Stein’s Estimator: Homoscedastic Case

Подпись: Stein’s estimator d* = image150
image151

Let us consider a special case of the canonical model (2.2.5) in which Л = I. James and Stein (1961) showed that £l|[l — c(d’d)_1]d — all2 is minimized for all a when с = (К — 2)<r2 if a2 is known and КШ 3, where llxll2 denotes the vector product x’x. If we define

the result of James and Stein implies in particular that Stein’s estimator is uniformly better than the maximum likelihood estimator a with respect to the risk function E(ol — a)'(d — a) if К ё 3. In other words, a is inadmissible (see the definition of inadmissible in Section 2.1.2). The fact that d is minimax with a constant risk (see Hodges and Lehman, 1950) implies that d* is mini­max. This surprising result has had a great impact on the theory of statistics.

Translated into the regression model, the result of James and Stein implies

two facts: (1) Consider the ridge estimator (X’X + yI)“’X’y with у = (К — 2)o2/[a’a — {К — 2)a2]. If X’X = I, it is reduced precisely to Stein’s estimator of P since X’y — N(fi, a21). Therefore this ridge estimator is uni­formly better than the least squares estimator if X’X = I (the opposite of multicollinearity). (2) Assume a general X’X in Model 1. If we define A = (X’X)1/2, we have Afi — N{Aft, a21), where ft is the least squares^estimator. Applying Stein’s estimator to АД we ^ know^ £11(1 — B)Afl — Ay? ll2 < Е\кф — P)\2 for all^where В = {К— 2)сг2//?’Х’хД Therefore, equivalently, (1 — B)P is unjformly better than p with respect to the risk function E(P — P)’X’X(P — P). Note that this is essentially the risk function we pro­posed in (1.6.10) in Section 1.6, where we discussed prediction.

So far, we have assumed er2 is known. James and Stein showed that even when a2 is unknown, if S is distributed independent of a and as er2/2, then £11 [1 — c5(a’a)_1]a — all2 attains the minimum for all a and a2 at c = (K — 2)/(n + 2) if 3. They also showed that [1 — с£(а’а)-1]а is uni­formly better than a if 0 < c < 2(K — 2)/(« + 2). In the regression model we can put S = y'[I — X(X’X)-1X’]y because it is independent of P and distrib­uted as g2Xt-k-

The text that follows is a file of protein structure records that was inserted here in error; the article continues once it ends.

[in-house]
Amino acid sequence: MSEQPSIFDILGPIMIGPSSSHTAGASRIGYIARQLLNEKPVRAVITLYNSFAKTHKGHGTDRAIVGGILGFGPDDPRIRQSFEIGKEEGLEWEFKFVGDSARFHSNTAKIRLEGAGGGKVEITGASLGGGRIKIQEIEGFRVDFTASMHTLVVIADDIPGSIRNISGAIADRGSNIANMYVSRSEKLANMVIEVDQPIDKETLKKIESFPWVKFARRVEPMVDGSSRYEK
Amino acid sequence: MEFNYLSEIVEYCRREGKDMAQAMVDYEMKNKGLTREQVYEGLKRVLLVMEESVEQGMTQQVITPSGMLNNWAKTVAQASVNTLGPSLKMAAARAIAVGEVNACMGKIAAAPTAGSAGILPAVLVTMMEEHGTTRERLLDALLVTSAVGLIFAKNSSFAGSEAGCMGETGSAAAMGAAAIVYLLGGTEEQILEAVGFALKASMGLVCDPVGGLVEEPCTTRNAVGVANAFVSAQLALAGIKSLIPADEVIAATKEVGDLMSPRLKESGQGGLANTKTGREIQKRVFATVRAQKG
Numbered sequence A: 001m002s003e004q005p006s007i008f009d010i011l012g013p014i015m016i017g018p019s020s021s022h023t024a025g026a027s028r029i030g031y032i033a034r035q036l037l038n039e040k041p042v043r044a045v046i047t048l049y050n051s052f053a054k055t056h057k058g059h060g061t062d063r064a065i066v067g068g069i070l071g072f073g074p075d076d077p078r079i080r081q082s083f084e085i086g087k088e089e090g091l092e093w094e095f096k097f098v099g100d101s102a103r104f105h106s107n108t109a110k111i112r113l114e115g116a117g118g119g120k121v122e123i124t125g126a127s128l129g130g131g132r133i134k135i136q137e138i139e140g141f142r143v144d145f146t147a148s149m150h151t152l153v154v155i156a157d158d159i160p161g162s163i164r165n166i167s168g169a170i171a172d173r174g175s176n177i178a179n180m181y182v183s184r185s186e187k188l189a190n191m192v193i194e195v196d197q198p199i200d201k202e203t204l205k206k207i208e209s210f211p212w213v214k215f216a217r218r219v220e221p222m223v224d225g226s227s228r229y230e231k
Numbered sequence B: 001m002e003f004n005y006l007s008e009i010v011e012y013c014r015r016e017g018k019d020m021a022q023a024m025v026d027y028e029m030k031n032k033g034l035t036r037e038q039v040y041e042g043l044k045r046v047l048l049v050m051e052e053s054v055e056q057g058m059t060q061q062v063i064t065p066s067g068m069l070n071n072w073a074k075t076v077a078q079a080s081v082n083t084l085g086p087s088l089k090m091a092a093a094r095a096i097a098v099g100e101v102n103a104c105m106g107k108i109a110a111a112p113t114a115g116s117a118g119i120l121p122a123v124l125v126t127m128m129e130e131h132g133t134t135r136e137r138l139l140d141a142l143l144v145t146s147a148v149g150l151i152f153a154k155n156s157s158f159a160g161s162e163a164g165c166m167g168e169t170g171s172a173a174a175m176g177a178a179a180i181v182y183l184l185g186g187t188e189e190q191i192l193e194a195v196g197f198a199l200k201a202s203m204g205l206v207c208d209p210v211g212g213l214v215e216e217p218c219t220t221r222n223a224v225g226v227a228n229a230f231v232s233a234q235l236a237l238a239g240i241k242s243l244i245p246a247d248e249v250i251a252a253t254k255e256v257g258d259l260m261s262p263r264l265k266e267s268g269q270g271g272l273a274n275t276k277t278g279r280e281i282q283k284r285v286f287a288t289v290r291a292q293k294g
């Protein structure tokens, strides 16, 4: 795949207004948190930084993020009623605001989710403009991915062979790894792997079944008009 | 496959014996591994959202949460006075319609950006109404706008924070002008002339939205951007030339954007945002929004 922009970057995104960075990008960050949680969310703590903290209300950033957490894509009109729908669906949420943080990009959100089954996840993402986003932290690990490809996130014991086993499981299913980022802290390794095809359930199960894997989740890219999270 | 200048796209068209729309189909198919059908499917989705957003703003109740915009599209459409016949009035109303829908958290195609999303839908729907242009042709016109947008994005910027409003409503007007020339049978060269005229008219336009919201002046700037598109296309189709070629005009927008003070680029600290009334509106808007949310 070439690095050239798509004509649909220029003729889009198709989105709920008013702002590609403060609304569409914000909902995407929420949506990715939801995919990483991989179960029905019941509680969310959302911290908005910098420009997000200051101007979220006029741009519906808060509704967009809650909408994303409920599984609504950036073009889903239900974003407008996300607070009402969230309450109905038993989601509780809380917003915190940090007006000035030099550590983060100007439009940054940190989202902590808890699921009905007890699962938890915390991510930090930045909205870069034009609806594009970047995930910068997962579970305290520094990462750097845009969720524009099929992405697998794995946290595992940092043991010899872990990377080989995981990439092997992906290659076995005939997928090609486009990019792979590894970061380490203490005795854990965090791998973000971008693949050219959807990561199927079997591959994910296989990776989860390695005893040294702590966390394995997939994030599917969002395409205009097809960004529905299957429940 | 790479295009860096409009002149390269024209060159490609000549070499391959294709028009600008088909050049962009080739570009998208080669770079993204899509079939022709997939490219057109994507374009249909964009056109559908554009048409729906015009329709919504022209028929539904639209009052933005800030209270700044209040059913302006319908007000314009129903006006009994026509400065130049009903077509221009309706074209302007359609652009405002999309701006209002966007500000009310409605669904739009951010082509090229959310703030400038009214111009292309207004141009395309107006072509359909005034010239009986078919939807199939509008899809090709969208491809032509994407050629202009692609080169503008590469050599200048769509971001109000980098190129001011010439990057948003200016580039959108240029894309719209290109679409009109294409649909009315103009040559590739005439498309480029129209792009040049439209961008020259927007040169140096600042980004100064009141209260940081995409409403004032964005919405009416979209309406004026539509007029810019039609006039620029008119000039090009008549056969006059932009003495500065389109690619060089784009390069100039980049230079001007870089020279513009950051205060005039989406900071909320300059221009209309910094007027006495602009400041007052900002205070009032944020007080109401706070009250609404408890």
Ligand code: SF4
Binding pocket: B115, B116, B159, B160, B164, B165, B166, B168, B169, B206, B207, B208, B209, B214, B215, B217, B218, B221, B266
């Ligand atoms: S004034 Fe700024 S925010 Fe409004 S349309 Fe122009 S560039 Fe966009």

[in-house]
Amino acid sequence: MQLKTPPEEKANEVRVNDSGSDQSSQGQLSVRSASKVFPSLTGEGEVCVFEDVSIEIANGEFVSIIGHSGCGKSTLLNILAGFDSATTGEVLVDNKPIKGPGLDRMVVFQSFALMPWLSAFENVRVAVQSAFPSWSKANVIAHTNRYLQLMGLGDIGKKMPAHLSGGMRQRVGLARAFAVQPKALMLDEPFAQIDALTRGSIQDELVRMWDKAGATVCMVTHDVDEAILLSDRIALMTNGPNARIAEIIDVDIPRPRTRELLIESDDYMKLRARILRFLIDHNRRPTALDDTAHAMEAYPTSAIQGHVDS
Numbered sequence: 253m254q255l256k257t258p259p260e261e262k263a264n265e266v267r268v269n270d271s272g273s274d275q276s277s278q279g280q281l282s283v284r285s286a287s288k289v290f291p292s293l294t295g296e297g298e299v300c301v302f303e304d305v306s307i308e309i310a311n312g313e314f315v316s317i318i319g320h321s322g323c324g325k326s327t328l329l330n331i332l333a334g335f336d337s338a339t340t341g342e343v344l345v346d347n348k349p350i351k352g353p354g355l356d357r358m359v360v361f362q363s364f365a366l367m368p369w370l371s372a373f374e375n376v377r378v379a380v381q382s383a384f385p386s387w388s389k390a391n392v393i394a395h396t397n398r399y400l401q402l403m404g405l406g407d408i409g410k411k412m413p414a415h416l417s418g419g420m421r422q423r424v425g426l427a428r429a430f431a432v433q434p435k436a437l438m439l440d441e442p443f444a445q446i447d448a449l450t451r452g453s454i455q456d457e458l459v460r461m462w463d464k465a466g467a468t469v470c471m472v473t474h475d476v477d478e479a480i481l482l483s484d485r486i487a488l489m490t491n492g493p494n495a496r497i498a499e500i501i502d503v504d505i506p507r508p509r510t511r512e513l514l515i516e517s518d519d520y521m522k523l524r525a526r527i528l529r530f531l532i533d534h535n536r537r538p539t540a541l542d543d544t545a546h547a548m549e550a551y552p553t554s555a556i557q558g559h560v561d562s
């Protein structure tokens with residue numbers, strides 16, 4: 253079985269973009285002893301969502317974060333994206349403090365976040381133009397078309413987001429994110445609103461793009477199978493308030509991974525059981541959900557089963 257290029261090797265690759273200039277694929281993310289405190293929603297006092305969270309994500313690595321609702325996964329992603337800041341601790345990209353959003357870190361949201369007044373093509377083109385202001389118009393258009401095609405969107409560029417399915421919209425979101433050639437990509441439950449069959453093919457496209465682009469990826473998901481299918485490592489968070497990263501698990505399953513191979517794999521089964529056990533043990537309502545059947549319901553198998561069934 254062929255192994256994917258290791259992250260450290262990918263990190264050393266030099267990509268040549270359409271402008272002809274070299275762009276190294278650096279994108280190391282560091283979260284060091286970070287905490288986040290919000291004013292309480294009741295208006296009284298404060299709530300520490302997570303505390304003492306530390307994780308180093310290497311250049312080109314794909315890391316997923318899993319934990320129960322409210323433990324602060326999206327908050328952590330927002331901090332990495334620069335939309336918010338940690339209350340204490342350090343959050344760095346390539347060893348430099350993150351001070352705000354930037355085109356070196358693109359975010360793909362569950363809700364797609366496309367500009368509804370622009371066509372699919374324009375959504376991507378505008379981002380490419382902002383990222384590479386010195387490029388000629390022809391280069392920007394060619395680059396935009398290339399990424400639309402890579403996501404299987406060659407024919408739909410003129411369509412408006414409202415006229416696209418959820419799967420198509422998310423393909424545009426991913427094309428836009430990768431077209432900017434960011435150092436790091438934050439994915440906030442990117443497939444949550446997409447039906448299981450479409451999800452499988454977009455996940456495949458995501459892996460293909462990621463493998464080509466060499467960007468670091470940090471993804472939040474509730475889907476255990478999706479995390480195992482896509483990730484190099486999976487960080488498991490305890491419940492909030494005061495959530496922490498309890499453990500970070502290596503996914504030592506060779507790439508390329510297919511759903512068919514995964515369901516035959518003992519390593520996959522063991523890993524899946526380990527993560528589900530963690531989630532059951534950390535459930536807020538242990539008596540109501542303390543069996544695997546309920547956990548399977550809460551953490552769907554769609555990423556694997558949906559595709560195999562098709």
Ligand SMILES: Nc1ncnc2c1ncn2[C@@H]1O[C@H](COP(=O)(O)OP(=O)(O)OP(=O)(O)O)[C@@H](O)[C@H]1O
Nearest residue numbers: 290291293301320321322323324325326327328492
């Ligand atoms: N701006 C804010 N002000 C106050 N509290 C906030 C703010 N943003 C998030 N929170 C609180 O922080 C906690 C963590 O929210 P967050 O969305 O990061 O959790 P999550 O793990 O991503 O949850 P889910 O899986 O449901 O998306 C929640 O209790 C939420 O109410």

Efron and Morris (1972) interpreted Stein’s estimator as an empirical Bayes estimator. Suppose a — N(a, o2l), where a2 is known, and the prior distribu­tion of a is N(0, ff2y_11). Then the Bayes estimator is <£* = (! + y)-1a = (1 — B)awhereB = y/(l + y). The marginal distribution of a is N(Q, a2B~4). Therefore Ba’a/a2 — /*. Because £[(/^)_l] = (К— 2)_1 (see Johnson and Kotz, 1970a, vol. 1, p. 166), we have

image152

Thus we can use the term within the square bracket as an unbiased estimator of B, thereby leading to Stein’s estimator.

It is important not to confuse Stein’s result with the statement that E(a* — a){a* — a)’ < E{a — a)(a — a)’ in the matrix sense. This inequality does not generally hold. Note that Stein’s estimator shrinks each component of a by the same factor B. If the amount of shrinkage for a particular compo­nent is large, the mean squared error of Stein’s estimator for that component may well exceed that of the corresponding component of a, even though Ella* — all2 < £11 a — all2. In view of this possibility, Efron and Morris (1972) proposed a compromise: Limit the amount of shrinkage to a fixed amount for each component. In this way the maximum possible mean squared error for the components of a can be decreased, whereas, with luck, the sum of the mean squared errors will not be increased by very much.

Earlier we stated that the maximum likelihood estimator a is inadmissible because it is dominated by Stein’s estimator. A curious fact is that Stein’s estimator itself is dominated by

Stein’s positive-rule estimator 1 — &,

L «« J+

where [x]+ denotes max[0, x]. Hence Stein’s estimator is inadmissible, as proved by Baranchik (1970). Efron and Morris (1973) showed that Stein’s positive-rule estimator is also inadmissible but cannot be greatly improved upon.

We defined Stein’s estimator as the estimator obtained by shrinking a toward 0. Stein’s estimator can easily be modified in such a way that it shrinks a toward any other value. It is easy to show that

Stein’s modified estimator 1 — т-я^-т./я7—г (a — с) + с

L (a —c)'(a —c)J

is minimax for any constant vector c. If the stochastic quantity X-1lTa is chosen to be c, where 1 is the vector of ones, then the resulting estimator can be shown to be minimax for ATS 4.

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